Can standardised data transform the construction industry’s approach to carbon assessment?
12 February 2024
In recent years, the construction industry has faced increasing pressure to adopt greener practices and to achieve net zero carbon emissions targets by 2050. Antony Brophy, UK Director of Business Development at Cobuilder takes a deep look at the construction industry’s approach to carbon measurement.
However, despite this growing demand for sustainability, the industry continues to grapple with legislative uncertainties and a lack of accurate data for the continuous measurement of construction materials throughout their lifecycle.
One area of difficulty is the ongoing debate around the reform of Energy Performance Certificates (EPCs). While legally valid, these documents are criticised by industry professionals for their inaccuracy and oversimplified energy efficiency ratings. EPCs rely on predicted or designed performance rather than actual energy usage, providing an incomplete picture of a building’s energy efficiency. The inaccuracy of EPCs – which are heavily relied upon by all those involved in a construction project (from property owners, to builders, to regulatory bodies) - highlights a broader need for common standards and measurement practices to drive investment into energy-efficient buildings.
The Royal Institution of Chartered Surveyors’ (RICS) latest global sustainability report, a comprehensive analysis of green building practices, sheds additional light on the construction industry’s approach to carbon measurement.
Looking for solutions
The RICS report identifies several key areas that urgently need to be addressed. One of these is that a third of industry professionals regard the lack of common standards as a significant obstacle to investment. Another is that industry stakeholders must be able to comprehend the scope of carbon emissions if they are to manage and measure them effectively.
To address the challenges outlined in the report, RICS proposes three key points for the construction sector: increased focus on education and qualifications, aligning carbon pricing with other policies (such as those focusing on energy efficiency and minimum energy performance standards), and an emphasis on improving circular economy practices through digitalisation.
Among these, digitalisation emerges as a notable solution, especially when considering the benefits of standardised data. Digital tools can help professionals collect, store, and share crucial information about materials and products. Technical characteristics of specific building components and other relevant data can be recorded using building information modelling (BIM).
Standardised data as a solution
Standardised data allows anyone involved in a construction project to be able to see all the properties that make up building materials (such as a window, for example), including the generic properties (height, width and volume), as well as its environmental properties such as energy use and carbon footprint.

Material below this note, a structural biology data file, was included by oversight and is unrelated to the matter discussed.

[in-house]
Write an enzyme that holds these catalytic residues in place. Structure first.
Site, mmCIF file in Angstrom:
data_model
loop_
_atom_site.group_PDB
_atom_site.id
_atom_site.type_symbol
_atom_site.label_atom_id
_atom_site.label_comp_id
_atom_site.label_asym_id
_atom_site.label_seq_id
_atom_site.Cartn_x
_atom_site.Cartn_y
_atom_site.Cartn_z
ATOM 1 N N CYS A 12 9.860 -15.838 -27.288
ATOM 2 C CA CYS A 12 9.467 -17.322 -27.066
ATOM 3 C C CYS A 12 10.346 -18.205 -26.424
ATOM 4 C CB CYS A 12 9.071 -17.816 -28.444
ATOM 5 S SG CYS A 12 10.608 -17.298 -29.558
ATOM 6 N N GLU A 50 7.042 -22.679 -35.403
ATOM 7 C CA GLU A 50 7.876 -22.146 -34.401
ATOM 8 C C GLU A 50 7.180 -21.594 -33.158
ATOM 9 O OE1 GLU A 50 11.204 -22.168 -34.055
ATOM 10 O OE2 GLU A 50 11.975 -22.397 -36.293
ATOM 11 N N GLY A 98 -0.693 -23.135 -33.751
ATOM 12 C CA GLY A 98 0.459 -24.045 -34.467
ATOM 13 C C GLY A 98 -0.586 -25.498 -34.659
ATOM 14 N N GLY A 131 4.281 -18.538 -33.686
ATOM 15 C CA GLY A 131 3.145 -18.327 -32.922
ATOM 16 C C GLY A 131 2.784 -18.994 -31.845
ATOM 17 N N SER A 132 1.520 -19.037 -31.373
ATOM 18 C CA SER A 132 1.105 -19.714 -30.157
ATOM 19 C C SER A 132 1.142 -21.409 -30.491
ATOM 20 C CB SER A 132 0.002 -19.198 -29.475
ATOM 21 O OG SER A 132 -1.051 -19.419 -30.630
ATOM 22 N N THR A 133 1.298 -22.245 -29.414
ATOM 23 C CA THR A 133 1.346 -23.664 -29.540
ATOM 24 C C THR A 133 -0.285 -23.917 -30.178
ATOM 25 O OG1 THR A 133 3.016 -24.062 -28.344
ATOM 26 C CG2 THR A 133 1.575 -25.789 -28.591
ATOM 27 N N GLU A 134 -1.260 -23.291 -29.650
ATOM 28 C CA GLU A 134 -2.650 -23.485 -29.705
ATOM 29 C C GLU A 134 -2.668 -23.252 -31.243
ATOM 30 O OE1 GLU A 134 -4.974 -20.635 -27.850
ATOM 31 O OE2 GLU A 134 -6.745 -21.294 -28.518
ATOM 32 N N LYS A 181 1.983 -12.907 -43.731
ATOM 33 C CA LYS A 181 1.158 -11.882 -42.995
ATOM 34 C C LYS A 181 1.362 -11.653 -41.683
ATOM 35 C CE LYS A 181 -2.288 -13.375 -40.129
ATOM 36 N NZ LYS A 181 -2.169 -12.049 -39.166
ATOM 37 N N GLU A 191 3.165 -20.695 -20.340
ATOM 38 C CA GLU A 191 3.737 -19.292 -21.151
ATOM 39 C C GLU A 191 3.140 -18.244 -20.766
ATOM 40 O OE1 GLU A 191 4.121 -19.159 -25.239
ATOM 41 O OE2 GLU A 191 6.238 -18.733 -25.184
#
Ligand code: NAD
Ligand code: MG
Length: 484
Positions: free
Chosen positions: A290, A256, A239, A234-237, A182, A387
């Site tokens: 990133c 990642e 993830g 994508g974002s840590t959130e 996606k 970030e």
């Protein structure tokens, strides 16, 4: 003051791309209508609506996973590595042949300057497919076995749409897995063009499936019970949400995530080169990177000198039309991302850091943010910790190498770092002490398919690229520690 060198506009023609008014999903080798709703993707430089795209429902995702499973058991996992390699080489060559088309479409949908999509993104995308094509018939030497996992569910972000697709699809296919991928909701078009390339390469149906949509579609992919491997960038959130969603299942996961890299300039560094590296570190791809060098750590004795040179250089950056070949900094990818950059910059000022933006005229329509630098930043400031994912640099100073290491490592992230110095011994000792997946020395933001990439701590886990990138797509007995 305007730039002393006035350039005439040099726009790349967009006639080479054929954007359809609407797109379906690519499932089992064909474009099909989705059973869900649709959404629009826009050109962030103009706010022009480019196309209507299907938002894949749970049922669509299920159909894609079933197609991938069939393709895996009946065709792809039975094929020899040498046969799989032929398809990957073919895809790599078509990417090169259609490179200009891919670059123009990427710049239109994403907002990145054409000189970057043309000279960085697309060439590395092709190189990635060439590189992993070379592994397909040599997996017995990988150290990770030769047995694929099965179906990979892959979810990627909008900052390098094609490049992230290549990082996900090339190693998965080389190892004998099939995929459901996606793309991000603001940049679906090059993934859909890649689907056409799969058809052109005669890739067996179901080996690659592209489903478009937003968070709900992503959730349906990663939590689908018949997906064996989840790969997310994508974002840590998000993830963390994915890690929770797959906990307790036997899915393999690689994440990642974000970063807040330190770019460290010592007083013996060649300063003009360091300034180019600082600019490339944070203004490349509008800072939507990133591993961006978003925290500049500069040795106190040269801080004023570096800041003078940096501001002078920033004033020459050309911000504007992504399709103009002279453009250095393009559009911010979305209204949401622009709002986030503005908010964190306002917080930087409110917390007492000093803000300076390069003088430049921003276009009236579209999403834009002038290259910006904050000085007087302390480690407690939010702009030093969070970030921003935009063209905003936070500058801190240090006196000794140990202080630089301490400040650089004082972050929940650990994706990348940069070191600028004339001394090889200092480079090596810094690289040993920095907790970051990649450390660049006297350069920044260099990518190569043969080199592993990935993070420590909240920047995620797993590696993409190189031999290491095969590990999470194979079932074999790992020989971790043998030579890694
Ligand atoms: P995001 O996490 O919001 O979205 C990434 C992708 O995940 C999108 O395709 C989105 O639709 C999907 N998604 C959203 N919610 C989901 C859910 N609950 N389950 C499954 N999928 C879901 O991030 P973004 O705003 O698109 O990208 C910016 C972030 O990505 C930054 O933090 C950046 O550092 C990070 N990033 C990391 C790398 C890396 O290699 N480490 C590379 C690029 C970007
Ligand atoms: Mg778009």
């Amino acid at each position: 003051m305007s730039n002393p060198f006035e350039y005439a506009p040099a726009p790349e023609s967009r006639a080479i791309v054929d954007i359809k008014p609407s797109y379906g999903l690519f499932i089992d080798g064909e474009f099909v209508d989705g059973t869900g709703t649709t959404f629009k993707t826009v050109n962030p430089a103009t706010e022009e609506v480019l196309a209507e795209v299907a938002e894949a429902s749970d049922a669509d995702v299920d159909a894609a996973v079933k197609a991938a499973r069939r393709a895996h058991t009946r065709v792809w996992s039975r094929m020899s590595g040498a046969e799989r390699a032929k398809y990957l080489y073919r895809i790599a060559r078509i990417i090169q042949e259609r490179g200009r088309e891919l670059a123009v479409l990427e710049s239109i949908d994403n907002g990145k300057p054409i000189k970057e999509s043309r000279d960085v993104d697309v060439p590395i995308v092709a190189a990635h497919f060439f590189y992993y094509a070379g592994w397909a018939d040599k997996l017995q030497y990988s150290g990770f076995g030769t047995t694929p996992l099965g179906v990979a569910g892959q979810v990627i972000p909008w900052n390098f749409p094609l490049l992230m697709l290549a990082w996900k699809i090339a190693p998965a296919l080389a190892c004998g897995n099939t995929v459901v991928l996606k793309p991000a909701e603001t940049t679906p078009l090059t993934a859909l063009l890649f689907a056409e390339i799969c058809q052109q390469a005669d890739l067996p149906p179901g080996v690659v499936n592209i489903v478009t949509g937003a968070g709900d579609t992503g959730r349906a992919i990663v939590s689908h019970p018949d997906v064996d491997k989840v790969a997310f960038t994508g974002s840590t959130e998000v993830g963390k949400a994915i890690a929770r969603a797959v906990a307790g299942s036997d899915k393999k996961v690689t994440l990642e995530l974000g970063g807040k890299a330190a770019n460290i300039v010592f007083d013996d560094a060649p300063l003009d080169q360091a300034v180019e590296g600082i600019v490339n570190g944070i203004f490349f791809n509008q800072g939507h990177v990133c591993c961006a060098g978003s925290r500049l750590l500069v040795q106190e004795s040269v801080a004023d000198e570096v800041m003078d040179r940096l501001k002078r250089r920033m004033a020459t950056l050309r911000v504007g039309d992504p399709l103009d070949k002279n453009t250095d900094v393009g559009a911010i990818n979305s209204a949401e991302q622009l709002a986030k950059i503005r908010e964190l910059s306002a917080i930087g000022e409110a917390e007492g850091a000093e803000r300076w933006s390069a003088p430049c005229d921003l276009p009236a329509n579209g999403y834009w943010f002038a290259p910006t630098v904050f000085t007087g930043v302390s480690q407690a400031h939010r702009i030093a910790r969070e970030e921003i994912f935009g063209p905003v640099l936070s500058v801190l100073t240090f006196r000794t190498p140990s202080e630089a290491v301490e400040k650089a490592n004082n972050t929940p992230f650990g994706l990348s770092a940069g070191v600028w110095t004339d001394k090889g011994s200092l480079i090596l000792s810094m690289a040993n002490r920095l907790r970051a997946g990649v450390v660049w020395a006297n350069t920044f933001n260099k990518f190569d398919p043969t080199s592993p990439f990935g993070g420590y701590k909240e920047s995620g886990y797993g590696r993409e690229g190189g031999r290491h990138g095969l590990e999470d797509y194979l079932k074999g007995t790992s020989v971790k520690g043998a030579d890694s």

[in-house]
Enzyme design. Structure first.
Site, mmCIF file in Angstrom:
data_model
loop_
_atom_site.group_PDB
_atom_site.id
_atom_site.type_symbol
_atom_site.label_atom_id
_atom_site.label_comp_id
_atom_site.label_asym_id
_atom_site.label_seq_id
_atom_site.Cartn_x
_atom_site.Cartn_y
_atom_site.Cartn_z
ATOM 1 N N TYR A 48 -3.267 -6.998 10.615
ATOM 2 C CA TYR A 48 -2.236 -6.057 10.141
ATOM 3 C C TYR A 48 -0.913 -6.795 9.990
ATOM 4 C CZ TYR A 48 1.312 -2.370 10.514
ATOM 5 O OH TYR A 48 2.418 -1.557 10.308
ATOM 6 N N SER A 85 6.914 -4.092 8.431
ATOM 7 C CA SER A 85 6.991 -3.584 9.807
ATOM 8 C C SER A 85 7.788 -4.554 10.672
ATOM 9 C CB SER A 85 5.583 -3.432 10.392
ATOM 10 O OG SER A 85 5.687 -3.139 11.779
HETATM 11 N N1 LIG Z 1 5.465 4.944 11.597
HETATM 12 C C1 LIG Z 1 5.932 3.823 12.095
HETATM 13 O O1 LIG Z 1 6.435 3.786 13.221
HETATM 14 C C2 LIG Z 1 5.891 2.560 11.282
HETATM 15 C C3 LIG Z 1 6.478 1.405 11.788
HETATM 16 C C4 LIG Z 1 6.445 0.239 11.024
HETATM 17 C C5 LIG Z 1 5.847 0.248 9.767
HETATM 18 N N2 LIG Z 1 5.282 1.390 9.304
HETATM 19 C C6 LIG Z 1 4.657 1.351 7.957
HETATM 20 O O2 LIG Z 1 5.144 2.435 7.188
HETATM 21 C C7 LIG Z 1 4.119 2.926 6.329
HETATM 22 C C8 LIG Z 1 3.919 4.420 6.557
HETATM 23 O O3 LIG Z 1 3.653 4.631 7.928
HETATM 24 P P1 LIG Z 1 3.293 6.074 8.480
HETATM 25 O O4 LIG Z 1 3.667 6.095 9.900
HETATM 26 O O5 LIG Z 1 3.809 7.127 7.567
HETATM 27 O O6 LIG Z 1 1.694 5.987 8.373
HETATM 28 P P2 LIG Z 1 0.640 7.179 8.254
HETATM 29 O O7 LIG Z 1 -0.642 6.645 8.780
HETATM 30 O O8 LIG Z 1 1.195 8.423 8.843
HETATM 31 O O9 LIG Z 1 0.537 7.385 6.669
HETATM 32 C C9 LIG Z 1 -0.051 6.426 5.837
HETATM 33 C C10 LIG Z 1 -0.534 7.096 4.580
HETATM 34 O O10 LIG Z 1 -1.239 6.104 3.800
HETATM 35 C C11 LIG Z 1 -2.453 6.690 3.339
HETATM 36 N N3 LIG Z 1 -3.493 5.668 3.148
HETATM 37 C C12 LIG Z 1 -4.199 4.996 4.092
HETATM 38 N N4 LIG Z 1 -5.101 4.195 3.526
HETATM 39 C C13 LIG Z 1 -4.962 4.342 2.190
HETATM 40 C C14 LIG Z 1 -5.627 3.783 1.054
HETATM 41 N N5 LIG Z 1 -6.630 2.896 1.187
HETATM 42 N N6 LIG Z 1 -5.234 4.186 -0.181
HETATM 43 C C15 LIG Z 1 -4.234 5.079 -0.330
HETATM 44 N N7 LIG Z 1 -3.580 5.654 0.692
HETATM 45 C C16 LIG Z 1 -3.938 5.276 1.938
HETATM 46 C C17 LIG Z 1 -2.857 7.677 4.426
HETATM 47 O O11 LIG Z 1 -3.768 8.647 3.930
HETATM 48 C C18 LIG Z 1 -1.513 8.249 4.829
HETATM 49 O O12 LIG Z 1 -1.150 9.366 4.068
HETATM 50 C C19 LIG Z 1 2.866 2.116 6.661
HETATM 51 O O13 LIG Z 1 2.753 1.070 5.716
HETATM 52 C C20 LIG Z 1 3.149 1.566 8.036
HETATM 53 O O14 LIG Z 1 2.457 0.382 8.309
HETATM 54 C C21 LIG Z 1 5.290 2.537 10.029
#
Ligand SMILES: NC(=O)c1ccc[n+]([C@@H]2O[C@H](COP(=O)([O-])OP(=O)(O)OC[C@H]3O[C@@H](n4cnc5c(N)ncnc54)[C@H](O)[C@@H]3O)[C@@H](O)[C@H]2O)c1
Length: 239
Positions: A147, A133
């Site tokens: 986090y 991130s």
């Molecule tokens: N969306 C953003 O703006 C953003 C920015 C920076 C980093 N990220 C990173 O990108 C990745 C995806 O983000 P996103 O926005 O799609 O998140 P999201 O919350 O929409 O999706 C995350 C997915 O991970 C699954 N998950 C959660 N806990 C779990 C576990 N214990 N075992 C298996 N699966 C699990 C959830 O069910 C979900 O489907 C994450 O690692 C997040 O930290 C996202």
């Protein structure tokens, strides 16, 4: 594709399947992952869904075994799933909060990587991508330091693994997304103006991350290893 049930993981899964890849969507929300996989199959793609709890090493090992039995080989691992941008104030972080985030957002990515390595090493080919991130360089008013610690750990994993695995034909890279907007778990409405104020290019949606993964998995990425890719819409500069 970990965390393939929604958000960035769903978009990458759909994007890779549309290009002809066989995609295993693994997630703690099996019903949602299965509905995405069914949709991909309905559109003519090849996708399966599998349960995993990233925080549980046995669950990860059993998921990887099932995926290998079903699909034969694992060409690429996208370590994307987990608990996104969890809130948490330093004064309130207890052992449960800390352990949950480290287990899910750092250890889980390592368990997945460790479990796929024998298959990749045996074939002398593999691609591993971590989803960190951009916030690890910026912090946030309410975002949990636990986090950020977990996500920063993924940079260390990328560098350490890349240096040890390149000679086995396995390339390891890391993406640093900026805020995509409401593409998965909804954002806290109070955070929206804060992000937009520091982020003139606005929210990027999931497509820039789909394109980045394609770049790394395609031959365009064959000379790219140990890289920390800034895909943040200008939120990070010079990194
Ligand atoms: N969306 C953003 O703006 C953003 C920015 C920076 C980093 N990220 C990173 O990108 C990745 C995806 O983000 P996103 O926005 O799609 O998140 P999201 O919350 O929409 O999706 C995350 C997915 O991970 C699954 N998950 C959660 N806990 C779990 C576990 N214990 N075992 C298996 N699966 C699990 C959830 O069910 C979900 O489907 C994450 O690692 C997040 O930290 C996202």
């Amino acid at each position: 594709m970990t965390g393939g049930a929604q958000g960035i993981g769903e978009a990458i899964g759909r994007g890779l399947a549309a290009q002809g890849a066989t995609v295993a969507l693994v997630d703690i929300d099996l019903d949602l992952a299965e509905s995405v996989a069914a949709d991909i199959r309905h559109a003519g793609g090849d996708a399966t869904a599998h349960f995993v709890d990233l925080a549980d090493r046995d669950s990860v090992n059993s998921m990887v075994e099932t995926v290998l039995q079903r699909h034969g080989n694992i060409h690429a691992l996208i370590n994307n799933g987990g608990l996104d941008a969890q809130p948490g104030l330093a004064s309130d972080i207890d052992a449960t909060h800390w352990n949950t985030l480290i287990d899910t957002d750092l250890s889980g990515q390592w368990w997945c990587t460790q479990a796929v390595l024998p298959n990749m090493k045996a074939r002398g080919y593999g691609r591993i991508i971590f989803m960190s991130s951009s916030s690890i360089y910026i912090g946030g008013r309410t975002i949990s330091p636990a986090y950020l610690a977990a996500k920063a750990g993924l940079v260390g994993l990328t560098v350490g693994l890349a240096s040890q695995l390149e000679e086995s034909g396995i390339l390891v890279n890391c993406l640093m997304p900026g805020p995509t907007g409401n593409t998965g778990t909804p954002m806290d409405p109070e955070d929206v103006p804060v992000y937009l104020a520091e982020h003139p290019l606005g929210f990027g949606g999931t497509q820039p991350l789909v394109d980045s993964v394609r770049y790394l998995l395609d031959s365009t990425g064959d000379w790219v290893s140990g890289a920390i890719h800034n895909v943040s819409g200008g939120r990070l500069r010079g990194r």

A key advantage of standardised data is its accurate and continuous measurement of construction materials throughout their lifecycle. To understand the carbon emissions from a specific material or product throughout its lifecycle, measurement needs to start right from the point of specification for building materials through to their design, purchasing, manufacturing, distribution, and installation.
Industry-led data dictionaries, such as Define, play a pivotal role in facilitating this measurement by implementing these standardised data formats – this creates a ‘single source of truth’, a concept that is used to ensure that everyone involved in a construction project bases decisions on the same data.
Standardised data templates also present a straightforward means to exchange information around all of the products and materials used in a project. They provide a framework within which to agree an approach to recording the defining characteristics of products and materials, according to both international and European data standards.
Ultimately, this simplifies the comparison of products for those involved in a construction project whilst also ensuring that the measurement is accurate, helping the construction industry to meet carbon neutrality targets.
As the construction industry strives for greener practices and net zero carbon emissions, standardised data will be crucial. The insights from the RICS report underscore the urgency of adopting common standards to overcome legislative uncertainties and enhance the accuracy of carbon measurement. By leveraging digital tools and embracing standardised data practices, the industry can pave the way for a more sustainable and transparent future.
About the author
Antony Brophy has over 26 years of experience within the construction and building services industry, digital technologies, 3D, CAD and Building Information Modelling (BIM) management. In his role, he is responsible for empowering Cobuilder’s partners to grow their business through standard-based digital data solutions.